Extradition of British citizens to Greece causes controversy in UK
At last taste of freedom before two young men, George Hollands and Ben Herdman, are extradited to a foreign country to face charges for a crime they say they did not commit. They must go to Greece following a European arrest warrant. The warrant operates Europe-wide, and does not require the extraditing country to present any evidence of people having been involved in a crime.
“The lengths I’m having to go to clear my name is unreal. It wouldn’t take long at all for the British authorities to look at the evidence, look at the statements confirming my non-involvement and tell the Greeks from there, and then they can extradite whoever from there,” said Herdman.
“The judicial authorities could look into the evidence in the case, and decide whether there’s sufficient evidence to send people to these foreign countries. In my case, I wasn’t even present at the incident, and all the evidence, all the witness statements say that, and yet they’re still sending me out knowing that I’m innocent,” Hollands stated.
Under the European arrest warrant, once an extradition request has been received, if the form is correctly filled out, there is nothing individual countries can do to prevent an extradition taking place.
“They don’t actually have to produce any evidence, which is a fundamental flaw,” commented Gerard Batten, a member of the European Parliament. “All they have to do is fill out a piece of paper, saying basic details, name, address. But the examining court, the British court in this case, has no power whatsoever to examine the prima facie evidence and decide whether there’s a case to answer."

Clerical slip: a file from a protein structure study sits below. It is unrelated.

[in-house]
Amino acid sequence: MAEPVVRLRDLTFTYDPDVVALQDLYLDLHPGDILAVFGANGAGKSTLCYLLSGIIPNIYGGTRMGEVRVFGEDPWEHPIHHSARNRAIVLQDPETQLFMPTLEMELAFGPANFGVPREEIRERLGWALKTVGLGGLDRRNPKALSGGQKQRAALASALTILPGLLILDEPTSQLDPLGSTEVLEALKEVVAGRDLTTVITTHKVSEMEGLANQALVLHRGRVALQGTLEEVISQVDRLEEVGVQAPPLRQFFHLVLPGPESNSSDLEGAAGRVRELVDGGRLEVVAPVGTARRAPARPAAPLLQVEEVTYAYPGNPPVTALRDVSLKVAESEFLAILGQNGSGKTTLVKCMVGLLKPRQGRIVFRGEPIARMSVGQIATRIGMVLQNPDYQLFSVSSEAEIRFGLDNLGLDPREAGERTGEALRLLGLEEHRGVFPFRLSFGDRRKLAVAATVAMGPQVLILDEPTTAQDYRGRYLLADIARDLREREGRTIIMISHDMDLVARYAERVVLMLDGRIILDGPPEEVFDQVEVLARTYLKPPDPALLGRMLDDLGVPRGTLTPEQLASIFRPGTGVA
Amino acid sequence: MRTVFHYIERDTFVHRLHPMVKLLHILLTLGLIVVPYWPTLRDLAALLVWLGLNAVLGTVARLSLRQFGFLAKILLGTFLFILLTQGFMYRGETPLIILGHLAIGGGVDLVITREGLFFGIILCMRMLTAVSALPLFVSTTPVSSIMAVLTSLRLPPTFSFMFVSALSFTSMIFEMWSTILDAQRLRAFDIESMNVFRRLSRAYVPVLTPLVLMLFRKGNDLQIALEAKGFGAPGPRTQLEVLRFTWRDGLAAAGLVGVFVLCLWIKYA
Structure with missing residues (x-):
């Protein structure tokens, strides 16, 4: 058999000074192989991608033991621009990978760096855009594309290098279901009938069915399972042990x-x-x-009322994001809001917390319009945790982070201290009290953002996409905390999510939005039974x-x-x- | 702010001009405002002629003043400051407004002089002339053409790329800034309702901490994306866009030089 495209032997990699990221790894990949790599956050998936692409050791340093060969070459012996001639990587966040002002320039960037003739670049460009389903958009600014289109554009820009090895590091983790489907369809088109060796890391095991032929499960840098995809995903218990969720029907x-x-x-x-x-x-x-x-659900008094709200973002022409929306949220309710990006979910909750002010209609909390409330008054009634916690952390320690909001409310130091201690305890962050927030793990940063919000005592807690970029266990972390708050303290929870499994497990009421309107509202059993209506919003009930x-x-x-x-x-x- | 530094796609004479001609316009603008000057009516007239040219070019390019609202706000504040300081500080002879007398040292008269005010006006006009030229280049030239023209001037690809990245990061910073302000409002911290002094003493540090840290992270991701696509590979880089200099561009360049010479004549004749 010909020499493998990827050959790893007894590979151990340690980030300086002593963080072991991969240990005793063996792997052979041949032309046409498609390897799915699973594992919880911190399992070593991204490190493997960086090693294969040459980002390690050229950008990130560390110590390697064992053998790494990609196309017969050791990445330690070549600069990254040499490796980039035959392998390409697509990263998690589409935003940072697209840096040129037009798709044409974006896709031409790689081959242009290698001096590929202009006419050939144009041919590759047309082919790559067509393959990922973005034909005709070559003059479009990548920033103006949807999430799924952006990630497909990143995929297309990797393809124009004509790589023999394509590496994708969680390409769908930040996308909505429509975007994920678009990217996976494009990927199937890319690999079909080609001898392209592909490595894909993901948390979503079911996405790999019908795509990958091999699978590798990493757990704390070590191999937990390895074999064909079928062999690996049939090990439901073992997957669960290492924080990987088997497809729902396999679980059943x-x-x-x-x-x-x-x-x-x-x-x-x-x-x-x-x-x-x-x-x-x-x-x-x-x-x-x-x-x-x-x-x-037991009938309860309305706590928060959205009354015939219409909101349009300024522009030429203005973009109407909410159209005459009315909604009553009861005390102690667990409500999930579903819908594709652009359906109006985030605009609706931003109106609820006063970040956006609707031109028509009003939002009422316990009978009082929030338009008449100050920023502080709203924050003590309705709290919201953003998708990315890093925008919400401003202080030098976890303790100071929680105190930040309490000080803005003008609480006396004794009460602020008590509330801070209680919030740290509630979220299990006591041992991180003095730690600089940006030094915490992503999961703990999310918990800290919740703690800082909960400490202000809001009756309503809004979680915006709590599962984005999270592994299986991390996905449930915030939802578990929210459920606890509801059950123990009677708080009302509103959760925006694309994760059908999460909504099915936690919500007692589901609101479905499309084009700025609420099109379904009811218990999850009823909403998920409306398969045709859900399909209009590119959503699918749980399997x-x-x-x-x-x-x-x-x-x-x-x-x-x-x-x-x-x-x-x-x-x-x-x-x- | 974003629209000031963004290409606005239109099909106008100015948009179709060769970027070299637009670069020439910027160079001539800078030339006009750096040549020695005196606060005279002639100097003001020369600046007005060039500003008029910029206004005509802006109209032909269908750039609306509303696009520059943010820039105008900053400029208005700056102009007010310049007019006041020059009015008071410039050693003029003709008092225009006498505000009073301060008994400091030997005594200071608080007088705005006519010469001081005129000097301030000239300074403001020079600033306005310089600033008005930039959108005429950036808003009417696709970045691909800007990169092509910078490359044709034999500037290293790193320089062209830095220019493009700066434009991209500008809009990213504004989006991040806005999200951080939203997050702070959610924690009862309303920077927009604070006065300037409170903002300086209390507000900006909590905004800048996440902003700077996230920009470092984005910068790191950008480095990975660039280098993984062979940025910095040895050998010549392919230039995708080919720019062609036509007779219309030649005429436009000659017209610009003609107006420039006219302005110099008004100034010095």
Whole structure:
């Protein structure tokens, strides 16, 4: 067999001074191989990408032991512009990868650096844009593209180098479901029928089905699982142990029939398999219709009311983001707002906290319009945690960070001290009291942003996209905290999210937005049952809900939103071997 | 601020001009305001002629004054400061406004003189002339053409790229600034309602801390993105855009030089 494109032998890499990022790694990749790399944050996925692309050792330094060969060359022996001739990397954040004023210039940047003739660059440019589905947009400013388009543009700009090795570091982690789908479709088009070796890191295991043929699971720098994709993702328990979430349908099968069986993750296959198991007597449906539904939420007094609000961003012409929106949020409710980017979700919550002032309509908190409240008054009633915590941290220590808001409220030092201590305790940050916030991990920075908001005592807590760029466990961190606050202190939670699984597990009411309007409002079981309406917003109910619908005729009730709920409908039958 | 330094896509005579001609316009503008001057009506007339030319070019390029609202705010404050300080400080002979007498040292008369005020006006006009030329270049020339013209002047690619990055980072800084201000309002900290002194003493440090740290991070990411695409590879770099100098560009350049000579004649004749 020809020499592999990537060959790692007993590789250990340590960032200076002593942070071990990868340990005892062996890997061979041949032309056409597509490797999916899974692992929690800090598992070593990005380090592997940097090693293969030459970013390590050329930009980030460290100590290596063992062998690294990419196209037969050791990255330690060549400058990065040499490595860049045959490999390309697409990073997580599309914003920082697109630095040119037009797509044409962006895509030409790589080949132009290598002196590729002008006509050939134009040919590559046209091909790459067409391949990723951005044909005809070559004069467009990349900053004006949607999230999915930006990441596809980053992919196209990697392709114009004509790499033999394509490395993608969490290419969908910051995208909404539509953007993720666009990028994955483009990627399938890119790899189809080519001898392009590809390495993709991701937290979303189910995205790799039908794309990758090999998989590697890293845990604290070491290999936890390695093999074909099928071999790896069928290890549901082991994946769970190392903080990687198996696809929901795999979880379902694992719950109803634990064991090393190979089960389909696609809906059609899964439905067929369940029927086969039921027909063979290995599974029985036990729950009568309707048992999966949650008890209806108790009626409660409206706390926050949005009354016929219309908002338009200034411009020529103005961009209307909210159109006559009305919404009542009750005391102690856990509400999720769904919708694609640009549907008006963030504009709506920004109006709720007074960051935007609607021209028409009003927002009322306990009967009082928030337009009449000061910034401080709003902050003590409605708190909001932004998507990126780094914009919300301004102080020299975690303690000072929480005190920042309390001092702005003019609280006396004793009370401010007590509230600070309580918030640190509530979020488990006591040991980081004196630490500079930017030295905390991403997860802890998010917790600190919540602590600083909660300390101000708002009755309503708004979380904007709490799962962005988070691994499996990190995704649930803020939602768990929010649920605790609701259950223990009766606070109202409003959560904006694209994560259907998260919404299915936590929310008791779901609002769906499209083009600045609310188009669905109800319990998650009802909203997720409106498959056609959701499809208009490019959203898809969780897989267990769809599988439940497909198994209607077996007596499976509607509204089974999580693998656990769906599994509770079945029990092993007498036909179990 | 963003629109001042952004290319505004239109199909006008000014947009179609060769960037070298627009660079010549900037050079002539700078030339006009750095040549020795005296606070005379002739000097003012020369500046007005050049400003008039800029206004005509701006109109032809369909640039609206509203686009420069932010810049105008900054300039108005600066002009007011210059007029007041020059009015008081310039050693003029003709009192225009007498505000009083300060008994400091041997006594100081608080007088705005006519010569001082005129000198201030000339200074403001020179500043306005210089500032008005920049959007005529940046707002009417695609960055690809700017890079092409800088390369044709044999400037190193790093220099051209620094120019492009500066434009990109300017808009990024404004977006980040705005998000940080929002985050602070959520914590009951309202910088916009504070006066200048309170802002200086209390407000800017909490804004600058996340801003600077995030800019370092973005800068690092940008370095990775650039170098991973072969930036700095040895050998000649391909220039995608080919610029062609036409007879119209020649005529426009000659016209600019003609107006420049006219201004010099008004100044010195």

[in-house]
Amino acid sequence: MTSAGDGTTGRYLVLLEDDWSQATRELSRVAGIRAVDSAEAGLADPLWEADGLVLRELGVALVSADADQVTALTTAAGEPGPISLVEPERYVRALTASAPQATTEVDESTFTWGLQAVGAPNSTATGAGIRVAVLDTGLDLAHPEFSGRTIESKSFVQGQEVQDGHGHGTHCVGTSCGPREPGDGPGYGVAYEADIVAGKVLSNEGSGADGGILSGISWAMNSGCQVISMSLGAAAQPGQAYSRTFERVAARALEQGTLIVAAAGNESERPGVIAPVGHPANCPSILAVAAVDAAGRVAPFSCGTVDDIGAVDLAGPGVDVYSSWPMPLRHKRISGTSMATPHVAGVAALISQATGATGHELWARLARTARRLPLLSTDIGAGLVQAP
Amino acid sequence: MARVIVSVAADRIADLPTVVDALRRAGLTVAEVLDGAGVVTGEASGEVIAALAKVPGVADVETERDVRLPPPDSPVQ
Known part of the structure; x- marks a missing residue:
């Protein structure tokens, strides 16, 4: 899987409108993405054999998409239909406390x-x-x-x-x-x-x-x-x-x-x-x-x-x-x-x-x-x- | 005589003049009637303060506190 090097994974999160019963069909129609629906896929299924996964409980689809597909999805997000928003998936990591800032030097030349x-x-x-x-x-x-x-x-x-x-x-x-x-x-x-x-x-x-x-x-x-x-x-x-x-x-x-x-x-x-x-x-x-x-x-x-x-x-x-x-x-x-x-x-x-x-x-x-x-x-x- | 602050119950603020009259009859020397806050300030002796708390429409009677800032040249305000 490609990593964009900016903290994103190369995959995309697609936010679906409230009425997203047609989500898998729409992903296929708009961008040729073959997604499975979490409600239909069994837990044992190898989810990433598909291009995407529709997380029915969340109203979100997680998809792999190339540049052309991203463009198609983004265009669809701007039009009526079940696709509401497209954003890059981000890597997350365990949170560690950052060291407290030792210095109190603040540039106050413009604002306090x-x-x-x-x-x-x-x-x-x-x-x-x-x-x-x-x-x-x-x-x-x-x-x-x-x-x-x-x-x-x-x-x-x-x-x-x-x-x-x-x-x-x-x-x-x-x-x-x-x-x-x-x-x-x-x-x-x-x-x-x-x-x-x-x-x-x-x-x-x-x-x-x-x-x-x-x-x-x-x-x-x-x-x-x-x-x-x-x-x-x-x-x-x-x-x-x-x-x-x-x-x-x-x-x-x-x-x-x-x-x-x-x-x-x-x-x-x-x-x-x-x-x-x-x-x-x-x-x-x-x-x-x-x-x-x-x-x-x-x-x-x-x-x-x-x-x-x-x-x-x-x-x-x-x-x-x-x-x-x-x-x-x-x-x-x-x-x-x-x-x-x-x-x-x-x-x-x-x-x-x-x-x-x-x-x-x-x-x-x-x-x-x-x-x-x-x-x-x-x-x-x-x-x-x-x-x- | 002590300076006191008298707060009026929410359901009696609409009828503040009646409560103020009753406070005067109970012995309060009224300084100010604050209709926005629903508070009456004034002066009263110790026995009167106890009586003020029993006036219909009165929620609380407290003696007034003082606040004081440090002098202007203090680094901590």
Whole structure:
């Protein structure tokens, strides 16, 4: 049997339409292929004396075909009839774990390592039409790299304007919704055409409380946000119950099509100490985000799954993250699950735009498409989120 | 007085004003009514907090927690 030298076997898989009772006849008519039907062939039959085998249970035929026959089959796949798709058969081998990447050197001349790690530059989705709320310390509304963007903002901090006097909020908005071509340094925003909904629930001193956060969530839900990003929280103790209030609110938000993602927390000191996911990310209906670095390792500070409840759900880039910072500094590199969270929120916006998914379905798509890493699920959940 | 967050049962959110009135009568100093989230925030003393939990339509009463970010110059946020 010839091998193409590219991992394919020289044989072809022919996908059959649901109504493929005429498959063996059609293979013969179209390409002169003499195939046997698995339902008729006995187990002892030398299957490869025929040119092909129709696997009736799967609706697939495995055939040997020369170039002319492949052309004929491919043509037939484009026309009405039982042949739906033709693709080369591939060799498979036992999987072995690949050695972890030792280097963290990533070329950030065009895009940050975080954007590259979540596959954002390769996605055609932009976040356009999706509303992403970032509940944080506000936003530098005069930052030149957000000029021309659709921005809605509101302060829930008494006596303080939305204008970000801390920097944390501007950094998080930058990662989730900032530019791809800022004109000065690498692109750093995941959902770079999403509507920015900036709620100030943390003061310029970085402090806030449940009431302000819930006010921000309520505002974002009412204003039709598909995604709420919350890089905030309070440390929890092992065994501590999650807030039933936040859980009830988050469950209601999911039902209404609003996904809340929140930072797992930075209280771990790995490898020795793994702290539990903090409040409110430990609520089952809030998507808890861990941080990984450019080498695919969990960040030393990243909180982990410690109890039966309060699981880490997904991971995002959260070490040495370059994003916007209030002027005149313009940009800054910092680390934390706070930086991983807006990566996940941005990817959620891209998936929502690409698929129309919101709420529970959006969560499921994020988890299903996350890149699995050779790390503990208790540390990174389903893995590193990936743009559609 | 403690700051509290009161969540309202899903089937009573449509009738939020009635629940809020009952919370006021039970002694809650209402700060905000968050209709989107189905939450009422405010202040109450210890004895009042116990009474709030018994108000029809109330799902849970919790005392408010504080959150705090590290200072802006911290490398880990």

A tearful goodbye, and Ben and George are gone, to join three friends accused of the same crime. No one knows when they will come back. They’re likely to be held in custody on Crete for up to 18 months awaiting trial. As they head into an uncertain future in a foreign land, some question an EU-wide diktat which strips individual countries of the right to protect their own citizens.
The young mens’ parents see them as victims of a UK government which has repeatedly failed to stand up to an ever-more legislative EU.
“The fact is, the UK should hear evidence before extraditing people. That’s why, if they don’t change the European arrest warrant, innocent people will carry on being extradited,” said Hollands’ mother, Vanessa.
As a member of the European Parliament’s Civil Liberties, Justice and Home Affairs Committee, Batten says the European arrest warrant is just the tip of the iceberg:
“The next thing that’s coming along is something called the European investigation order, and what will happen there is EU countries like Greece, Romania, Bulgaria, they’ll be able to require the British police to investigate cases for them, they can snoop on you, take your DNA, your fingerprints,” he warned. “But what’s wrong about all this is that it’s entirely one-sided – they’ll collect evidence for the prosecution, but not for the defense.”
Critics say the arrest warrant and investigating order rest on the assumption that standards are the same across the board inside the EU. But the prison where Ben and George are likely to be held has come under fire from Amnesty International for inhumane treatment of detainees, something the UK courts refused to take into account.